A big blue sky stretches endlessly above our car as we wind our way deeper and deeper into a landscape of sloping vineyards and roadside fruit stands. We’re on our way to Niagara, but no, not that one. Just 30-minutes east of Niagara-on-the-Lake, Ontario’s well-known epicentre of viticulture, sits the Niagara Benchlands: a charming pocket that’s home to beautiful trails, quaint towns peppered with boutiques, and, most importantly, some outstanding wine.
While Niagara-on-the-Lake is well-known for its established and polished wineries (and coach loads of wine-loving guests), many don’t know that Niagara’s wine region is split between two neighbouring areas. While you won’t find household names like Jackson Triggs and Inniskillin in the Benchlands, the wine produced in this appellation consistently turns heads internationally.
“We are considered some of the best growing sites in Niagara,” says Erin Mitchell, president of Megalomaniac Winery, a 26-hectare vineyard atop the escarpment. After some meandering up a twisting dirt road, we are rewarded with panoramic views and a glass of their excellent Bubblehead Sparkling Rosé. The pale pink bubbly with toasty berry notes won gold at the 2019 Ontario Wine Awards.
“It has to do with the great air movement up here on the escarpment, which gives us a wonderful view as well. But there are some actual growing benefits to be had here with our limestone soil ... and the varieties that we grow here focus on the things that Ontario does well,” says Mitchell.
Megalomaniac allows varieties like cabernet franc — typically grown for blending with other grapes — to shine on their own. The winery started in 2010, but it didn’t take long for their wines, with names like Narcissist and Big Mouth, and iconic labels with men in bowler hats, to find a place in people’s hearts. “What we’re trying to do is the opposite of what the names indicate, which is to be tongue-in-cheek about the pretension that often surrounds the winery.”
With swoony black and white awnings, topiaries and chandeliers, Megalomaniac’s patio reminds me of a Parisian storefront. While we could happily spend all day here, Mitchell is keen for us to see their mature 17-year-old vines on one of their “Insta-worthy” Vineyard Walks which began last year.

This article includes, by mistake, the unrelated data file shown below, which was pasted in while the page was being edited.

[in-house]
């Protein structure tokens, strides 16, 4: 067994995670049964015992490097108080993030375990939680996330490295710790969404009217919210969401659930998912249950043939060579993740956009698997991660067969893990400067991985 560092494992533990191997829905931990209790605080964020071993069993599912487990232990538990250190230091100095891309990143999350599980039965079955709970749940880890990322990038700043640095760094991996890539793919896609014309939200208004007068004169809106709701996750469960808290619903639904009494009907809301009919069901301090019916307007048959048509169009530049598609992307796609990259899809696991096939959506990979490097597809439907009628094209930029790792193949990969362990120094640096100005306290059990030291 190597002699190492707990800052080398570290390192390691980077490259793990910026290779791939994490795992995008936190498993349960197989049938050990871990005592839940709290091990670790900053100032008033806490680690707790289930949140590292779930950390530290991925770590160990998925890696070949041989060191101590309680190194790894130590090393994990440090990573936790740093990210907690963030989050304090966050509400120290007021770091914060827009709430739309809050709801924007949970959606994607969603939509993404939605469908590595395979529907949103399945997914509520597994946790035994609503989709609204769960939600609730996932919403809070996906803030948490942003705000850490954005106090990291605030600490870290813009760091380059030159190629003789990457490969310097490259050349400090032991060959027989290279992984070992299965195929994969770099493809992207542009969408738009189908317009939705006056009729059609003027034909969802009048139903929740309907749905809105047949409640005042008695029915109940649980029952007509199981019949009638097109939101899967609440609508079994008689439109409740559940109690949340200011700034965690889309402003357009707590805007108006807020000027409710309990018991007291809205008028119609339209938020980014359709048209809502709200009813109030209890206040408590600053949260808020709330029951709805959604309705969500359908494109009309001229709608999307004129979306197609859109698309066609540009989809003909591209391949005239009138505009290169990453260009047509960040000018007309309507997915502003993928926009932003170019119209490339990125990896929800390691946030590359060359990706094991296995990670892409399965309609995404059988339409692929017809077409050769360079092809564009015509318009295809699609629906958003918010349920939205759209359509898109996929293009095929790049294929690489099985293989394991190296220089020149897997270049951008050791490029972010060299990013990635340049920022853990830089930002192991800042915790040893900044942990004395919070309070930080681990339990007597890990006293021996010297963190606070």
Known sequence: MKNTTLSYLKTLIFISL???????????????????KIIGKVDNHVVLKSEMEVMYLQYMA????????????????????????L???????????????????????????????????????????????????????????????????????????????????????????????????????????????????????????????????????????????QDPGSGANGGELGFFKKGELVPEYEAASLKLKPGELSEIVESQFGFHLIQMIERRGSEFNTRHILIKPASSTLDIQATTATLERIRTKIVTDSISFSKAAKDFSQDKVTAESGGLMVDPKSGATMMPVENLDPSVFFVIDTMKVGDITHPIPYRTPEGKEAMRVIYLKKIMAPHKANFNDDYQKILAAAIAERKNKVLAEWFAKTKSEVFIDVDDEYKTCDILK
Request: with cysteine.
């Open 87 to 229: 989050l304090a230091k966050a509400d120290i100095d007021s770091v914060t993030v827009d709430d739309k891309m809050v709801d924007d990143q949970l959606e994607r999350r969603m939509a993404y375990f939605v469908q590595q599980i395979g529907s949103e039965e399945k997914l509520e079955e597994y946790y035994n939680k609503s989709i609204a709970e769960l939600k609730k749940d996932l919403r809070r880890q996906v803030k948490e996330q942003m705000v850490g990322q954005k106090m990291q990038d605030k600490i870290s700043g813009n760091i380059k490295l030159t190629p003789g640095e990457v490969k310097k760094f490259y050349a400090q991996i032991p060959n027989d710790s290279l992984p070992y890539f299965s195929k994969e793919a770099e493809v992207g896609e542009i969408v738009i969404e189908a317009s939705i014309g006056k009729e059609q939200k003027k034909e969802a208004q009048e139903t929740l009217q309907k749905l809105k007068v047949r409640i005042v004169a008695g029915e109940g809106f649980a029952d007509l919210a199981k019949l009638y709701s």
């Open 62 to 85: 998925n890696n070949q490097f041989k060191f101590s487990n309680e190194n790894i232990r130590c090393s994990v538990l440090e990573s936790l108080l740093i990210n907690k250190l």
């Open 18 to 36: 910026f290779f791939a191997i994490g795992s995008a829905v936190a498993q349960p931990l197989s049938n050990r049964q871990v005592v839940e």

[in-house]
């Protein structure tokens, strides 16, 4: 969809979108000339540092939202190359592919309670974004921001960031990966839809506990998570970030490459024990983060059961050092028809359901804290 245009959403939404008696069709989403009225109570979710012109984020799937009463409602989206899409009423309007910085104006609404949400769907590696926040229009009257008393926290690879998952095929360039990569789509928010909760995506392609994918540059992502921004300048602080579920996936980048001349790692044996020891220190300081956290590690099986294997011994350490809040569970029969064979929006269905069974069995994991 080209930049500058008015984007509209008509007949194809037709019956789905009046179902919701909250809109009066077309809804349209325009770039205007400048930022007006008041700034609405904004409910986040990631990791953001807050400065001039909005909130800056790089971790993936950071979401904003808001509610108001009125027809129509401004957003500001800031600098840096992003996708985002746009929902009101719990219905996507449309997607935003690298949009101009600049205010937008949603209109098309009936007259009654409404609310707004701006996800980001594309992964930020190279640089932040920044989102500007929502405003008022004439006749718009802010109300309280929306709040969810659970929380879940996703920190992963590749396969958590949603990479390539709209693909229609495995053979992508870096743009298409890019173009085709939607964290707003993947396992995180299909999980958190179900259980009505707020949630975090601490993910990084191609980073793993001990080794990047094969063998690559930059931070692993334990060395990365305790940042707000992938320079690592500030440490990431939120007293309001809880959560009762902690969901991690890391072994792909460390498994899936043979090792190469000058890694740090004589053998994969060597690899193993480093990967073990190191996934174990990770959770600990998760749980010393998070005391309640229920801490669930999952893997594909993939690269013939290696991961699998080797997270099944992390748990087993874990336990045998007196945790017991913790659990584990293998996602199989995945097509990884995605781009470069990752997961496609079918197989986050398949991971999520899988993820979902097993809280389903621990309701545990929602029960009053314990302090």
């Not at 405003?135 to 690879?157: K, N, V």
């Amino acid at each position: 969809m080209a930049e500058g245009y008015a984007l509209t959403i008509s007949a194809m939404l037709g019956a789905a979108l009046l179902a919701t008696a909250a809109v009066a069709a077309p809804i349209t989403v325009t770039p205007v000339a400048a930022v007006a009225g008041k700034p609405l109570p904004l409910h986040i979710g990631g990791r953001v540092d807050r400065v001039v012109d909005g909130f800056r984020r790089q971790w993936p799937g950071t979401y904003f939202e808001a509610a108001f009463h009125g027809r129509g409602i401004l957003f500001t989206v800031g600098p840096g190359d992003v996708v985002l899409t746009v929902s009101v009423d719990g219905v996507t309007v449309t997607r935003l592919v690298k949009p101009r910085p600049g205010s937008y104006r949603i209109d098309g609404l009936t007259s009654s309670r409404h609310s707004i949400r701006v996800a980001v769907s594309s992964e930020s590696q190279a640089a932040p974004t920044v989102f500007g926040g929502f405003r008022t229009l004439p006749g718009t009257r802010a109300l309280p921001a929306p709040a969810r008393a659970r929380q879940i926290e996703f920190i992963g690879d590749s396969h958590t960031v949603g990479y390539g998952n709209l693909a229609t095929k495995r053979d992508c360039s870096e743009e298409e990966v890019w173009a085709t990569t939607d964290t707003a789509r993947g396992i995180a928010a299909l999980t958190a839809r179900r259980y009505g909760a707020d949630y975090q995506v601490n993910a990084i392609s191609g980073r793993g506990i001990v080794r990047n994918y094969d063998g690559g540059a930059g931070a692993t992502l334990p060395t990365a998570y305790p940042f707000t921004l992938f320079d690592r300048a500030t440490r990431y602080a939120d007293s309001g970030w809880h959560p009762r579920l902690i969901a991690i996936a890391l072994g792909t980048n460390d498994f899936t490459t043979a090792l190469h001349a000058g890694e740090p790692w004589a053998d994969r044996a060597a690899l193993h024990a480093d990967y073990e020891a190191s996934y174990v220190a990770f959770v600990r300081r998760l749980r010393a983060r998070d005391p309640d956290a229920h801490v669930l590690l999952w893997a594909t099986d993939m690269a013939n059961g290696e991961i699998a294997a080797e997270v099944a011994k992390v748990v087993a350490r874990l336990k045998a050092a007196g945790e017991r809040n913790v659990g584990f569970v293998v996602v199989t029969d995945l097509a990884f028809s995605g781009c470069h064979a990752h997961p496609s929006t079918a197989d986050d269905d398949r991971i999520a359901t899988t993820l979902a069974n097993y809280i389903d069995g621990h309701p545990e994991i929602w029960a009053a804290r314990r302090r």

“A lot of wineries you go to, you never step foot in the actual vineyard,” says Mitchell. “There are a lot of opportunities to learn about winemaking, see the cellars and that phase of the production of wine. But we’re a farm at the end of the day.”
In 2020, Mitchell took over the winery when her father retired. Though she now lives in Niagara-on-the-Lake, the Beamsville local admits to being biased about the Benchlands.
“You drive through the rolling hills, you get up on the escarpment and you get down on Highway 8. It’s more of these lovely country roads ... It’s kind of the analogy of Sonoma versus Napa in California … This is the Sonoma, where it’s a bit more under the radar than Niagara-on-the-Lake.”
Five minutes down the road, we reach Vineland Estates. Taking a respite from the late afternoon sun, we duck into the dark cathedral-esque log barn, which acts as their tasting room. Here, we work our way through a sensational flight, featuring everything from sparkling chardonnay to riesling made using some of the oldest vines in Canada.
Riesling was one of the most popular plantings when Ontario’s wine renaissance began in the 1970s, and Vineland Estates was the first to plant vines from Herman Weis, a legendary grower in Germany’s Mosel Valley. The riesling we try is from Vineland’s St. Urban Winery, named after sister winery St. Urbans-Hof, where Weis brought the vines. Elevation St. Urban Riesling is made solely from grapes grown and tended — from vine to glass — at the winery. And it shows — the medium-sweet wine, with bags of acidity and plenty of zesty notes, is complex, well balanced and a total treat.